The General Assembly is holding committee meetings and we are beginning to see some bills emerge.
The committees are hearing updates from staff and state agencies over the next few weeks as they prepare to work on budget priorities. The Governor’s budget is expected to be released soon which signals the official start of the budget process for this long session of the legislature. After the General Assembly receives the Governor’s budget, the Senate will begin the legislative budget process (although there are already some behind the scenes budget conversations in the Senate leadership). The Senate will approve a two-year appropriations bill and pass it over to the House where their budget will be approved. A conference committee will be appointed to work out differences.
One of the education priorities of the NCCDD is to reduce the Innovations Waiver waiting list and there is discussion and interest among legislators about funding additional slots. We will be following this closely and working with our community partners on this issue.
Medicaid Transformation continues to move forward. The Standard Plan is scheduled to launch on July 1, 2021. Letters have been sent to beneficiaries who need to enroll in a plan. These integrated managed care products called Standard Plans will cover physical health, behavioral health and pharmacy services to many North Carolinians who receive their healthcare through Medicaid. The open enrollment is scheduled to run through May 15, 2021.
People who are currently receiving services through the LME/MCOs or are on the waitlist should not have received a letter.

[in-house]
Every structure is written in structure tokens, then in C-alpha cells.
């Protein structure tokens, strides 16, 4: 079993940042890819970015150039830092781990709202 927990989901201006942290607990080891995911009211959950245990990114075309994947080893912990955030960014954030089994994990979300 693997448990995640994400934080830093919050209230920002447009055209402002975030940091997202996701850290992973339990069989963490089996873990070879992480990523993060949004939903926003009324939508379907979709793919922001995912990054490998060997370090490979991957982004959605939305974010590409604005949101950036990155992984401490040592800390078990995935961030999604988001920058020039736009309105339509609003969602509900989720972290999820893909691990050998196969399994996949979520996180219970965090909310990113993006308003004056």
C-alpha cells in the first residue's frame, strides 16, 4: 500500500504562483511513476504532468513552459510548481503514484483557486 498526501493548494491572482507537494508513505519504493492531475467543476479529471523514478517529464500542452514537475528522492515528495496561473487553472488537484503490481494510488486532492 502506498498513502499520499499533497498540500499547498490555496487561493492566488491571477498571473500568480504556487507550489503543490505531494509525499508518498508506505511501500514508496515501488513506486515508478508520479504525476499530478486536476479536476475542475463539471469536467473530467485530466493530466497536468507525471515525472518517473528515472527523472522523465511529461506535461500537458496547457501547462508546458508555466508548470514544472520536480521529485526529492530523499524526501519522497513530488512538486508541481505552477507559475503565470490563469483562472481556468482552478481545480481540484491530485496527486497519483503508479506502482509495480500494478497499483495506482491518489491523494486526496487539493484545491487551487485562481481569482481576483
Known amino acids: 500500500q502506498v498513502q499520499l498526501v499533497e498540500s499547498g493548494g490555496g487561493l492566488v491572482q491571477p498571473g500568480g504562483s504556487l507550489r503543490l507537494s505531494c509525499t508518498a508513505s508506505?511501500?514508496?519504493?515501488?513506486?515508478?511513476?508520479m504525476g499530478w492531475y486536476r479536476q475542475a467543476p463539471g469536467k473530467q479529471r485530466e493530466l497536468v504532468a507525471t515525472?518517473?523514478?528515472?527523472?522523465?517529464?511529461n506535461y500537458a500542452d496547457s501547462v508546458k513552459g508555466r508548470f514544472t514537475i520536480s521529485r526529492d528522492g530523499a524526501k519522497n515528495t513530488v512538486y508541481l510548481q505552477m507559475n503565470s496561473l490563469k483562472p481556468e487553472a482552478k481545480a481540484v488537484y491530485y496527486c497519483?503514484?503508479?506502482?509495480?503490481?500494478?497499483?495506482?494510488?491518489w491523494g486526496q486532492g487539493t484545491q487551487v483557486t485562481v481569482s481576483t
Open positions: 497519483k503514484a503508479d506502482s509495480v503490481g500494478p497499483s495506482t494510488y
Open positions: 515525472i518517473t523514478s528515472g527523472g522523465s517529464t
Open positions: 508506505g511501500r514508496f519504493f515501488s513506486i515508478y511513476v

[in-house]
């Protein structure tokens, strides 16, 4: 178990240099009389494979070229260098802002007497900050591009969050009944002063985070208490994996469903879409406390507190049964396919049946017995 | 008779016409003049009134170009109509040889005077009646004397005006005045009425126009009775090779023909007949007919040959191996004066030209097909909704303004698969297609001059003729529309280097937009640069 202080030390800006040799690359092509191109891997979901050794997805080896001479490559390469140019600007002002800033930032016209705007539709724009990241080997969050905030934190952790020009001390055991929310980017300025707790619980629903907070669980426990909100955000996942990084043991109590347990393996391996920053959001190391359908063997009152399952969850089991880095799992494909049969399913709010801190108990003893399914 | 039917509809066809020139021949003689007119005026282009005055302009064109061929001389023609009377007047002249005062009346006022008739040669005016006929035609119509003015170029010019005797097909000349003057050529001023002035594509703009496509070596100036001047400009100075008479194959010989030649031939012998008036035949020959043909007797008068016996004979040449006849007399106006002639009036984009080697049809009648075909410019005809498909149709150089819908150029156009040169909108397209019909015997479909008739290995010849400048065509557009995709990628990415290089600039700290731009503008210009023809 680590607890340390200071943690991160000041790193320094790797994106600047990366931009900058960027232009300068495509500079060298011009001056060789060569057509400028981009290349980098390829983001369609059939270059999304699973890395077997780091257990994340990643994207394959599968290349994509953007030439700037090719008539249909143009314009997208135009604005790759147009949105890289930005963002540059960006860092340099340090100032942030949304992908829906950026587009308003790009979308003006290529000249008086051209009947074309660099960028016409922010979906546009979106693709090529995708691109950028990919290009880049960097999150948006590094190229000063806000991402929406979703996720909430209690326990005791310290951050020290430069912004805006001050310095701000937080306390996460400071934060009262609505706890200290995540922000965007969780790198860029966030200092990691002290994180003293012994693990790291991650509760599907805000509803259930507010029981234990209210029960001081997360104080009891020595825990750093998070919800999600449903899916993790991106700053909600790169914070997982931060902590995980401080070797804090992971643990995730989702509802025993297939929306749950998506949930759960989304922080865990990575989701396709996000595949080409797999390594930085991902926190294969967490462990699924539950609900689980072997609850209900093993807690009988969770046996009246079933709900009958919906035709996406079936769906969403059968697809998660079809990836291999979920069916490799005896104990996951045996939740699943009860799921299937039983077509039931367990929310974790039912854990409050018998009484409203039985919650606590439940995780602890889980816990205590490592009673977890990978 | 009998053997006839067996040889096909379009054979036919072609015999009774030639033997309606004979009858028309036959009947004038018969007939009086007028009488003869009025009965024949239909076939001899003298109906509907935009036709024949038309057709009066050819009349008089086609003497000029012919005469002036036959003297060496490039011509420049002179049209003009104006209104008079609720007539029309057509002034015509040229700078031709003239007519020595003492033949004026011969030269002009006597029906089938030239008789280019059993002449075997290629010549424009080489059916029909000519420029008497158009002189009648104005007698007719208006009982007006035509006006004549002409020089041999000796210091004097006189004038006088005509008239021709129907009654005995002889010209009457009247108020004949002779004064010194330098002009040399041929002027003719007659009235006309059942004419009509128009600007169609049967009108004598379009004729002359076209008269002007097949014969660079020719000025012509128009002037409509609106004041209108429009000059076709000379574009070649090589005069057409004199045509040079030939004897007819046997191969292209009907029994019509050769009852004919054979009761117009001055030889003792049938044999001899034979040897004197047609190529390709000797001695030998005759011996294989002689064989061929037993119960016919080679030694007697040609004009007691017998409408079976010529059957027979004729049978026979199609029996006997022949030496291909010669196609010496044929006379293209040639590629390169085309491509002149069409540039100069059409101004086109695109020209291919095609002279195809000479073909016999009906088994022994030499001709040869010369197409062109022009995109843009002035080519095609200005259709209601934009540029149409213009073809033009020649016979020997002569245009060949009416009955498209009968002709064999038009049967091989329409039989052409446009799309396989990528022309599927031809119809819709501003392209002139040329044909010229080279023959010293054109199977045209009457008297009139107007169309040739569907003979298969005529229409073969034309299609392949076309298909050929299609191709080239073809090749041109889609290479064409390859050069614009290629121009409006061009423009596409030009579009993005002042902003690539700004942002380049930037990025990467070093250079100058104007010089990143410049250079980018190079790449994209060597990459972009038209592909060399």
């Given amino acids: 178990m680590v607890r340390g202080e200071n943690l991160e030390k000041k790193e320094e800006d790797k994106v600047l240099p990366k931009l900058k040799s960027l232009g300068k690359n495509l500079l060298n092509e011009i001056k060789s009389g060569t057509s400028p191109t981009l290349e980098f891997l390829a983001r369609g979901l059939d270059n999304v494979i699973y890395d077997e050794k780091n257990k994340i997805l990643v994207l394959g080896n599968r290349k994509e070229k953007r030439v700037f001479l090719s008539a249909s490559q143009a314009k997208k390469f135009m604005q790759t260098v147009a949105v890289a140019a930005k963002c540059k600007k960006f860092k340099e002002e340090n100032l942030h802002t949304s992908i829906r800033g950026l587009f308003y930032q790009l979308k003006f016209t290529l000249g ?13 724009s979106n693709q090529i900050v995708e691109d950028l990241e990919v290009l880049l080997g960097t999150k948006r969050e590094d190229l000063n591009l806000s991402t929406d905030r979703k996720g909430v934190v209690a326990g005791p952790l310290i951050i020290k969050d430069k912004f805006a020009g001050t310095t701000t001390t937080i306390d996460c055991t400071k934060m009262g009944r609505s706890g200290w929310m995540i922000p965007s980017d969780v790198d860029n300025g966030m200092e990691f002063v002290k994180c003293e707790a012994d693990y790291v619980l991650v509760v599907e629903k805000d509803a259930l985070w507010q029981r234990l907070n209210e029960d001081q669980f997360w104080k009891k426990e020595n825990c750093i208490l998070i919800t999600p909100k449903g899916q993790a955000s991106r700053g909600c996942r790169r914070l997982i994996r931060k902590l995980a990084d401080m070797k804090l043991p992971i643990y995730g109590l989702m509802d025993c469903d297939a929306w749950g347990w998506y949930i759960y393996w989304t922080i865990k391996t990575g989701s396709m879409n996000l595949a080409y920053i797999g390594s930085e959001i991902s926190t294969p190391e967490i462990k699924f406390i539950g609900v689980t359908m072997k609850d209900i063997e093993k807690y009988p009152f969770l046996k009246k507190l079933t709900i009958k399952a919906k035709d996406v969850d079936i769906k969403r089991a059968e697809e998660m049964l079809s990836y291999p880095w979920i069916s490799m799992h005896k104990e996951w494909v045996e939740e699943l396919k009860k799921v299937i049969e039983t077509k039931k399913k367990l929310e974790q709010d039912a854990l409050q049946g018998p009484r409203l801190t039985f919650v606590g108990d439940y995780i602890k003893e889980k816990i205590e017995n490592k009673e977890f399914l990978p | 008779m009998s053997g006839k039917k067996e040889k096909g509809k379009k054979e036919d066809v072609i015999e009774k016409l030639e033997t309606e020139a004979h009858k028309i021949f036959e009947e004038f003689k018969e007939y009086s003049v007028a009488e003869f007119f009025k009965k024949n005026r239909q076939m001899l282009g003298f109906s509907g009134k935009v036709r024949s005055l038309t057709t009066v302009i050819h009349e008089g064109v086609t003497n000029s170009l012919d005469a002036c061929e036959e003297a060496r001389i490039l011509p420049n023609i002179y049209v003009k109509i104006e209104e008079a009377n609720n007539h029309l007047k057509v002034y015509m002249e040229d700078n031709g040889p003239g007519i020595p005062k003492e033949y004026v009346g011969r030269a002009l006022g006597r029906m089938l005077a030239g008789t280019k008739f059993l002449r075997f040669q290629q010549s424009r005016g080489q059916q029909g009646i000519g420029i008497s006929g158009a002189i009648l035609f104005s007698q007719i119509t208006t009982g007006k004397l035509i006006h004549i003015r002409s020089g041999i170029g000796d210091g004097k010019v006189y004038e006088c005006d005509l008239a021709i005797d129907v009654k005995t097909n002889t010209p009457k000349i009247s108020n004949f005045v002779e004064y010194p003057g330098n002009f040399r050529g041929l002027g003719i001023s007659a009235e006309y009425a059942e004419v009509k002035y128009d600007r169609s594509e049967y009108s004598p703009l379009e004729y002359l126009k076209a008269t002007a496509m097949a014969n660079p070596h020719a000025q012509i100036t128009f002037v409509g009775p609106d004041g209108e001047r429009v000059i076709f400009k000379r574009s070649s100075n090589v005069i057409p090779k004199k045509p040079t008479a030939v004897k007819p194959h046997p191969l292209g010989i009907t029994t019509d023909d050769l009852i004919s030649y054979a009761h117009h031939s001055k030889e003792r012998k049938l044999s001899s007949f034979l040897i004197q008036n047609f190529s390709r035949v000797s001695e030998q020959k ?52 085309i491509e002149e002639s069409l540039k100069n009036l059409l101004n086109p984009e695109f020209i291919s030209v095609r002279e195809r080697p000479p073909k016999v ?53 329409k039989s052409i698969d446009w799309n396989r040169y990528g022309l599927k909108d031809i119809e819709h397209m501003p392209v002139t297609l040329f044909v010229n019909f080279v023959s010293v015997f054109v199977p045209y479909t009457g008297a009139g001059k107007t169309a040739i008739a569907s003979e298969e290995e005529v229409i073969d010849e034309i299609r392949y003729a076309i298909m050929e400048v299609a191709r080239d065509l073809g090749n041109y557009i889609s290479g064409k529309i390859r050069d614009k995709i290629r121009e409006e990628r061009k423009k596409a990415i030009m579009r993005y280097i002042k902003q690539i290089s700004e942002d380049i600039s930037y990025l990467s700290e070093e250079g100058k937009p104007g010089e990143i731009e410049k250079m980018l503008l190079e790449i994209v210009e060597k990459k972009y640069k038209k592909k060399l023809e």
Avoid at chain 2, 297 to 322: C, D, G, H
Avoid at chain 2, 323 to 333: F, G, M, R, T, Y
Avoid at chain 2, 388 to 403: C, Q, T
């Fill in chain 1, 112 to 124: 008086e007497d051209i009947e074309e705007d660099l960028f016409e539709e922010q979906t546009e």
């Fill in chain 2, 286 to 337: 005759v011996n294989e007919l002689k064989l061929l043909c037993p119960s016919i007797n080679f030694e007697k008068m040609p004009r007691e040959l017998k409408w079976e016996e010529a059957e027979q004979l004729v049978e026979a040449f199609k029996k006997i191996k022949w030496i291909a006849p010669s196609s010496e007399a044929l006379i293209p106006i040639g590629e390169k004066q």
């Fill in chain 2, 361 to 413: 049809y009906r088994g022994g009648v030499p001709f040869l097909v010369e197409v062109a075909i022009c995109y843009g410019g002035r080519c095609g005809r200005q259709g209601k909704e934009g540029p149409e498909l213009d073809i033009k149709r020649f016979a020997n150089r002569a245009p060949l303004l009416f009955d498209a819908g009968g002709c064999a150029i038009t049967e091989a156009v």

Behavioral Health I/DD Tailored Plans are specialized managed care focusing on the needs of individuals with significant behavioral health disorders, intellectual and other developmental disabilities (I/DD), and traumatic brain injuries (TBI). These plans are scheduled to begin in July 2022 and will cover a more robust package of Behavioral Health, I/DD and TBI services compared to Standard Plans. The LME/MCOs submitted applications to provide these plans and the Department of Health and Human Services is currently reviewing these applications.
The North Carolina Council on Developmental Disabilities (NCCDD) is working on its new Five-Year Plan and seeks public comment on its proposed goals and objectives.
The Council now seeks input on the written plan, via public comment, from people with disabilities, their families, professional caregivers and the public at large beginning March 1 through April 24. The plan will be effective 2022-2026 and has three major goals to accomplish by 2026:
To provide input, please go here and complete the information online. Your voice counts and your ideas are vital to the work of NCCDD. This plan will guide the Council as to how staff and fiscal resources are allocated and is developed in accordance with the Developmental Disabilities Assistance and Bill of Rights Act of 2000 (DD Act).
The Registry of Unmet Needs (RUN) is the Innovations Waiver waiting list in the state of North Carolina. NCCDD is launching a series on RUN to educate and inform about what it is, where it stands today, and what you can do to impact its effectiveness and growth in the future.
The Registry of Unmet Needs (RUN) currently has 15,000 North Carolinians with intellectual and other developmental disabilities (I/DD) on it, each waiting to be next to receive up to $135,000 in funds to pay for supports and services that will allow them to live as independently as possible in the community of their choice.